These are new concepts and none of the old analogies fit. Different market participants see it in different ways and some promote that view out of self interest. These competing viewpoints from interested parties make understanding even harder.
ITOs could be very valuable for both parties:
- Entrepreneurs need an easier way to raise the capital that they need to get a product/service built and into the market. The end result is a product/service, capital is simply a tool to that end. The problem is that investors, even those who claim to be early stage, want evidence of traction to avoid the chasm that so many ventures fall into before achieving Product Market Fit (PMF). This pushes more risk to founders and their friends/families. The IPO window keeps getting harder to get through, leaving a dwindling number of acquirers, making investors even more risk averse.
- Investors need a chance to get in early but also to get liquidity. By the time most investors get a chance at IPO (when they have liquidity), the best returns have often already been taken by private investors. Yet if they try to get into private rounds most investors are at a disadvantage to the top tier VC funds and they have to accept their capital being locked up with no control over liquidity. This is hard for even the HNWI and UHNWI investors, but it is doubly hard for smaller investors who are sometimes legally prohibited or have to pay a big % in legal expenses.
ITOs – done right – could help both parties because there is liquidity, which allows some investors/traders to take a short term view if they want to (and these speculators provide liquidity). ITOs also have some of the advantages of rewards based crowdfunding services like Kickstarter, because the investors in ITOs are often also the users. They use the tokens on the network/service. So they help get the venture to PMF. It is their passion and knowledge that drives the process.
However, ITOs are dangerous today.
It is very simple to raise money via an ITO. This will bring out honest entrepreneurs who are fed up with the current way of raising capital. It will also bring out crooks. It already has. So far early investors have been people playing with “found money”. For example if you invested in Bitcoin in 2009-2011, putting some of those profits into Ether in 2014 seemed pretty easy, even if you follow it up by losing it on the DAO in 2016. It is quite different when Josephine Q Public is investing from earnings that took 40 years to accumulate and which she is banking on for a comfortable retirement. If ITO scales, more crooks and more Josephine Q Public actors get involved.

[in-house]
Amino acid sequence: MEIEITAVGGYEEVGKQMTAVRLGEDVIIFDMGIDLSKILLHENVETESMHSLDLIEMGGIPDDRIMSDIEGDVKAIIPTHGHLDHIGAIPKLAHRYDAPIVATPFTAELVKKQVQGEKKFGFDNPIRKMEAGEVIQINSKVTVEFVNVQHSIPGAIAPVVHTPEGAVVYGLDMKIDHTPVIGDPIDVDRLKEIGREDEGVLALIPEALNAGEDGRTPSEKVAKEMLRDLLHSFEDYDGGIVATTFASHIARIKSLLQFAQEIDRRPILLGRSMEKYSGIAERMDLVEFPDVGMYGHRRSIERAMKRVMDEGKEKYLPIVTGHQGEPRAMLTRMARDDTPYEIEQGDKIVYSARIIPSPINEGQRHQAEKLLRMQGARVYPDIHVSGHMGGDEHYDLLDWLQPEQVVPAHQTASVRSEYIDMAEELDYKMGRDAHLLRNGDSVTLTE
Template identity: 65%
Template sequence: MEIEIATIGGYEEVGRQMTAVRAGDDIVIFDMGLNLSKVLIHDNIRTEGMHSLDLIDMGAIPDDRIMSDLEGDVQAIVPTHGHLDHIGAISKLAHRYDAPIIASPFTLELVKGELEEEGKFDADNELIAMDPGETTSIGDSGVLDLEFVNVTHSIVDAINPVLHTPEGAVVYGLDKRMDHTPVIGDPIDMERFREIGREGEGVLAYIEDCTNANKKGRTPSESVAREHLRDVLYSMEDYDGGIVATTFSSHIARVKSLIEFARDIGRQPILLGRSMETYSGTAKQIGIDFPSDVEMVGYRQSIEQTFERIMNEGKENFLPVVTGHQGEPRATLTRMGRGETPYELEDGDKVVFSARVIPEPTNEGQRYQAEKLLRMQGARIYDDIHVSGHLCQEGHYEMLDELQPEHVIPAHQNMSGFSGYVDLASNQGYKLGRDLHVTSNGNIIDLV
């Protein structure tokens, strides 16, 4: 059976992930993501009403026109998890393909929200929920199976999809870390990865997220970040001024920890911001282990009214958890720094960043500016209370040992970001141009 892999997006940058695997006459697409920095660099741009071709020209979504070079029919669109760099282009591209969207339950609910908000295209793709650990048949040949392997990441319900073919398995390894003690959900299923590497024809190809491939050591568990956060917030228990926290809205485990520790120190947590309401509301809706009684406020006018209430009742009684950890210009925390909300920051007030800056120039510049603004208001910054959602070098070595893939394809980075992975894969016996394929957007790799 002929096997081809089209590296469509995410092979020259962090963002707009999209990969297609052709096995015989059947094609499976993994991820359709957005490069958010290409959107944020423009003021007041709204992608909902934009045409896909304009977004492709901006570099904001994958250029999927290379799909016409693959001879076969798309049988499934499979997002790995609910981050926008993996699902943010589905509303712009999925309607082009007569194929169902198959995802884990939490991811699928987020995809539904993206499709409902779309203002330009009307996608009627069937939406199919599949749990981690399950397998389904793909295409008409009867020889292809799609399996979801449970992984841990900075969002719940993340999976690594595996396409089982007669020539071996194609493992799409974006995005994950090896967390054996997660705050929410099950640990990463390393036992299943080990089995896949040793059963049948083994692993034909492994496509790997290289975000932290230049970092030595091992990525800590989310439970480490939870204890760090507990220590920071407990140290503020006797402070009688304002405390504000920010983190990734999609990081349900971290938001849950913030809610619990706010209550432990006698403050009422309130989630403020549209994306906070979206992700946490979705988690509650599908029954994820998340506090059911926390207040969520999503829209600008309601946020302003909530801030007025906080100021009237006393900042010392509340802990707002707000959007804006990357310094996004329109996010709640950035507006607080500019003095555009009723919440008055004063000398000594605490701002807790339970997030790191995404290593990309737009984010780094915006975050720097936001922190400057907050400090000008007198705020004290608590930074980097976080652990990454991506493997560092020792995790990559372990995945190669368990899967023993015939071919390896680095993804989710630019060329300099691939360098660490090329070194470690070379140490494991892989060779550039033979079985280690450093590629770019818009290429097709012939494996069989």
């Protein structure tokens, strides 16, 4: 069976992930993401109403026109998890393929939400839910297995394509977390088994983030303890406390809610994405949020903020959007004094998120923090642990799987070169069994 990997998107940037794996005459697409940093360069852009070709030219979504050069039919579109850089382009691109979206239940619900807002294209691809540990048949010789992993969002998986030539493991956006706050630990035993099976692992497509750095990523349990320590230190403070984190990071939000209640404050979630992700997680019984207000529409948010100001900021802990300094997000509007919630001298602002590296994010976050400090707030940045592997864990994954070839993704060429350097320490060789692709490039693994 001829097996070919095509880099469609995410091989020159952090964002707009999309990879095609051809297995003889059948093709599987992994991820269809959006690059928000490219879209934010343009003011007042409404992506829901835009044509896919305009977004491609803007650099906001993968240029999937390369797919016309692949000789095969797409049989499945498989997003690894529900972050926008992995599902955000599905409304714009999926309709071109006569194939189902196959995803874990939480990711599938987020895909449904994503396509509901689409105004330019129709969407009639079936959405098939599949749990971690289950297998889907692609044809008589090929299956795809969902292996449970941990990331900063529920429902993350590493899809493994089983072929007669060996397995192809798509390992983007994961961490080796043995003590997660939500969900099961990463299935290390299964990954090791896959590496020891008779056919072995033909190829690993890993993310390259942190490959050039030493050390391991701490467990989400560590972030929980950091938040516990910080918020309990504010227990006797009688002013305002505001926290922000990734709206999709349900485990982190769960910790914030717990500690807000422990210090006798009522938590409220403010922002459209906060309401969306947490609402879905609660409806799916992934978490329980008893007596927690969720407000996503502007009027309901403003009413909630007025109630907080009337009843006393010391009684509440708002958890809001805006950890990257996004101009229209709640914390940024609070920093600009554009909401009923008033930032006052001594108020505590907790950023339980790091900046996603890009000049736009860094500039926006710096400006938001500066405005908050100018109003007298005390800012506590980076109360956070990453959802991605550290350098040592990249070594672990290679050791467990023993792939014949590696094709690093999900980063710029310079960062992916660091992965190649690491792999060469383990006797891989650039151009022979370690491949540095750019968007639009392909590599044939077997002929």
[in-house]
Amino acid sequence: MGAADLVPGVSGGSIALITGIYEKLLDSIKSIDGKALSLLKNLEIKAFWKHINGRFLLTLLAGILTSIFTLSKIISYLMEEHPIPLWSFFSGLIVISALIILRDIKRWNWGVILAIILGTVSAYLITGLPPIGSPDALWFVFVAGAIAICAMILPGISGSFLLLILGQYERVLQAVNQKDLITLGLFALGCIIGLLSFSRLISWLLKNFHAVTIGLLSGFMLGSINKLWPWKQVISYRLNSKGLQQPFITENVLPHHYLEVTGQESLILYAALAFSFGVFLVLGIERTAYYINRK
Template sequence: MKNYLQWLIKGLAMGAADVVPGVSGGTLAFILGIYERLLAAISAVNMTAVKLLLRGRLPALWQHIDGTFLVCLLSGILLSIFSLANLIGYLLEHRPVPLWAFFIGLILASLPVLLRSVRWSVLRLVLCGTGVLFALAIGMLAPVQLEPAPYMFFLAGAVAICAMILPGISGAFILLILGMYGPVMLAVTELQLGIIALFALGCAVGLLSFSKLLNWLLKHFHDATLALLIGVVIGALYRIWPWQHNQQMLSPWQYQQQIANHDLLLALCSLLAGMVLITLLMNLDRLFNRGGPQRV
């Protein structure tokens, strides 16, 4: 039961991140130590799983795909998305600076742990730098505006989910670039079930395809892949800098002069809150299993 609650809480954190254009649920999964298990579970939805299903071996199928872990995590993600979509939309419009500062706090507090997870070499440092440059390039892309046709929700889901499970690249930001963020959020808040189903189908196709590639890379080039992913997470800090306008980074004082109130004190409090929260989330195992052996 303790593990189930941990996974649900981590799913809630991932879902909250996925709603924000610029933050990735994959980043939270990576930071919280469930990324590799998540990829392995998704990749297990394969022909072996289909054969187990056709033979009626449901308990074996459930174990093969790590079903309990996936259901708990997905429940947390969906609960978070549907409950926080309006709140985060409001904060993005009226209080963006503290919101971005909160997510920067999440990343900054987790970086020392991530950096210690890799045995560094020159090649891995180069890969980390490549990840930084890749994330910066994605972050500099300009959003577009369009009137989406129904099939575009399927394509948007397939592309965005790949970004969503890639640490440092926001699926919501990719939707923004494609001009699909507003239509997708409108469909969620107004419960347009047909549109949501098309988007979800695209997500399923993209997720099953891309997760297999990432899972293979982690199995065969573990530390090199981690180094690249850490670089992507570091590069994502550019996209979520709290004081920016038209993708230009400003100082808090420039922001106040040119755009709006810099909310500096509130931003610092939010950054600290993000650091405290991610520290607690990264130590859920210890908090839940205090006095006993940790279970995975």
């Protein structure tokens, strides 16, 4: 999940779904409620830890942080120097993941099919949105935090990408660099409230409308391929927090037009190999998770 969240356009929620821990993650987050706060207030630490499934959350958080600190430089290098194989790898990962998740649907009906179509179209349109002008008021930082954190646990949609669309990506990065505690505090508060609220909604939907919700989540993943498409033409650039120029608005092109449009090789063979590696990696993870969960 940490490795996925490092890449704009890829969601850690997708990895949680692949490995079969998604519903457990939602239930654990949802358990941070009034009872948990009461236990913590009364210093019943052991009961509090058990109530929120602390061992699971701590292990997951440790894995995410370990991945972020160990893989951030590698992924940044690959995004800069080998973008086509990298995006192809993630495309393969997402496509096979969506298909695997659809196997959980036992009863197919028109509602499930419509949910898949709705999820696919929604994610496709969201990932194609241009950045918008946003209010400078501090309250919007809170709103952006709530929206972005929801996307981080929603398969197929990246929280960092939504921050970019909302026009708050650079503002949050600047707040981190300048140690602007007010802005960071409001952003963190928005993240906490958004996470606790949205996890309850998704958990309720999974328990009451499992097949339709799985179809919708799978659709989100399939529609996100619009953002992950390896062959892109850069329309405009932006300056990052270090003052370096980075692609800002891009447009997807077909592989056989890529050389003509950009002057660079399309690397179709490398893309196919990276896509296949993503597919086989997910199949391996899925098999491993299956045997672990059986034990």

The words Initial and Offering make one think of IPO and that is beguiling for both entrepreneurs and investors and that can make them blind to the downside.
The aim of the self regulatory code of conduct is to avoid either heavy handed regulation or no regulation and lots of scammers.
We want an Issuer to say “we abide by the ITO Self Regulatory Code of Conduct”. Our aim is to offer simple tools to compare any offer to this Self Regulatory Code of Conduct.
If you would like to get involved, please go to this thread on the Fintech Genome. We want people who have the rare combination of expertise in a subject that few people understand without having too much conflict of interest.
Opinion: The connection between Bitcoin price and ransomware
Another week with another All Time High. This opinion was tucked away in a comment on Hacker News by somebody calling themselves “hendzen”. So in this case I am not going on the reputation of the person but simply because it seems like a plausible explanation and a connection that not many have made:
“What if the upward price pressure is actually people buying massive amounts of bitcoin to pay off new ShadowBrokers-based ransomware? And the corresponding rise in alts is the perpetrators using the alts to launder the ransom?”
Bernard Lunn is a Fintech thought-leader and deal-maker.